LABR 2P93 Lecture Notes - Lecture 4: Class Conflict, Pejorative, Republic

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5 Feb 2016
Department
Course
Professor
LABR 2P93
January 25, 2016
Democracy, Citizenship and Slavery
The Age of Democratic Revolutions, c1750-1850
-The American Revolution, 1776-1783
-The French Revolution, 1789-1799
-The Haitian Revolution, 1791-1804
-Spanish American Wars of Independence, 1808-1833
-Revolutions of 1848 (Europe)
-The basis for political legitimacy and nature of citizenship debated
-Traditional elites and wealthy “middle class” struggle for power
-Popular rebellions
-Revolution and war in Europe undermines colonial rule
-These revolutions overlap
-Popular = lots of people
Images of Revolution
-Made famous images
-Paintings are intended to last long time, look a lot of time and materials to
create
-important
Revolutionary Rhetoric
-The American and French revolutions produced famous rhetoric about
freedom
-Words that are nice to say/read
-The 1774 American Declaration of Independence contains some of the
greatest examples
-Declaration is ;rst, constitution comes later
-It started, for example, that “all men are created equal” and hold “certain
unalienable Rights” including “life, liberty and the pursuit of happiness”
-Unalienable (rights you can’t take away)
Revolutionary Reality
-Rhetoric means language that is persuasive, whether in writing or speech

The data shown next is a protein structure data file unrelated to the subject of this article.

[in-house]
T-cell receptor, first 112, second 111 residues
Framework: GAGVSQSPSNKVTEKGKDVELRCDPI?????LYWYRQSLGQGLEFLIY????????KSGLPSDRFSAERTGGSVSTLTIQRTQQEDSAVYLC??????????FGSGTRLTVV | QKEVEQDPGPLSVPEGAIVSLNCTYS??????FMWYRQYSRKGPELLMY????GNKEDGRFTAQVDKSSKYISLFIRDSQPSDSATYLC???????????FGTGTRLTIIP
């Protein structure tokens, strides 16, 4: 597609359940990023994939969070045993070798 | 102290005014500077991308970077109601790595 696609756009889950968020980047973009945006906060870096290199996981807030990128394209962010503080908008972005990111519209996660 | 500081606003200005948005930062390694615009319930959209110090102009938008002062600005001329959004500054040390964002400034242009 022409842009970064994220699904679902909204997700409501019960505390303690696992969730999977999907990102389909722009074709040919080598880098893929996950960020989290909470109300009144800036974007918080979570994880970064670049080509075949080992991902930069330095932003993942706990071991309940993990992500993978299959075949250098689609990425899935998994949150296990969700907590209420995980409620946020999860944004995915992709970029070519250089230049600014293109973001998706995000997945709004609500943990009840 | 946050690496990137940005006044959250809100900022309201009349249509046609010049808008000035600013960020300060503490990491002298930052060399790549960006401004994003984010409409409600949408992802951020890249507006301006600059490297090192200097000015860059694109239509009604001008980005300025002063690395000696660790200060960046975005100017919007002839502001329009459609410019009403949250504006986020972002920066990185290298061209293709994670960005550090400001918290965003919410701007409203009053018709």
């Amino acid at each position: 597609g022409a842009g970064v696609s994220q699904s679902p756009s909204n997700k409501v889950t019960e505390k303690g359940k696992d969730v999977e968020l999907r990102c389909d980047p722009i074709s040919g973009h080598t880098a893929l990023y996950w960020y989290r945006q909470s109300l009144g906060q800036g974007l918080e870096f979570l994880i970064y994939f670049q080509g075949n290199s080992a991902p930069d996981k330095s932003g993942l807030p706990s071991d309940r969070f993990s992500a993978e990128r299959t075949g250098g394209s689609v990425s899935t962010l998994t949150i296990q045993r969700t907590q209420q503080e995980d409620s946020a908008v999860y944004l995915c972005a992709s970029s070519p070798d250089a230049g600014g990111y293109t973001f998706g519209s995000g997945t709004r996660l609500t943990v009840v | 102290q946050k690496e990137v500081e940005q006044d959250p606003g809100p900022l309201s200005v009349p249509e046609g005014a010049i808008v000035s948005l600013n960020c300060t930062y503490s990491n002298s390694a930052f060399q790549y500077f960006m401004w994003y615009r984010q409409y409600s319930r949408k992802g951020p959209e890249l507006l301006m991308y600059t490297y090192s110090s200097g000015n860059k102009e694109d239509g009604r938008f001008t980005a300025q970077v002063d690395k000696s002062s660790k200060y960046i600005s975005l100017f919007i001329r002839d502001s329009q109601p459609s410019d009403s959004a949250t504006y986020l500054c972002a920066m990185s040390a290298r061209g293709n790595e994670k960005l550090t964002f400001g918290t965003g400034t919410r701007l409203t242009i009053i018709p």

-The wonderful rhetoric of the democratic revolutions causes some to overlook
actual historical realities that contradict the rhetoric
-Rhetoric is not reality, but part of reality
-Republicanism in practice did not treat “all men” equally. Social inequality
continued to be reinforced by political inequality, and the legal status of
women probably declined
-Form of politics created “republicanism”
-Initially these inequalities were created
-The key to understanding the e@ects of the democratic revolutions on
ordinary workers is citizenship
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Citizenship
-Citizenship is a legal status, applicable to the citizens of a given country
-We usually think of citizenship as a set of political rights, including the right to
vote
-Citizenship involves responsibilities too, such as the responsibility to pay
taxes
-We can imagine citizenship in broader terms too. For example, as including
social rights, such as the right to publicly funded health care services in
Canada
Citizens
-Citizens are members of a political community (a polity). They have rights
within this community (such as voting) and responsibilities to the community
(such as paying taxes)
-Is a status
-Membership implies participation. Citizens participate in their political
community
-When we vote we are participating
-Di@erent levels of participation
-A polity is not the same as a society, or the public. Citizens are part of a
general population that includes non-citizens
-Non-citizens are not part of polity
Origins of Citizenship
-The word citizen comes from a Latin term from Roman times, and the idea is
even older than ancient Rome
-But the citizenship we know today is di@erent from pre-modern and early
modern forms. It is based in ideas of popular sovereignty, and a historical
process that began during the Era of Democratic Revolutions
-Popular – lots of people
-Sovereignty – right to rule/govern
Popular Protest in Revolutionary America
-Stamp act riots
-Imperial act
-Increase taxes on stamps
-Big issue so people protested
-Decision made by imperial government which the citizens did not
participate in
-Not popular sovereignty
-March of women on Versailles
-High prices on bread
-Gather lot of supporters
-Women’s participation
Popular Democracy
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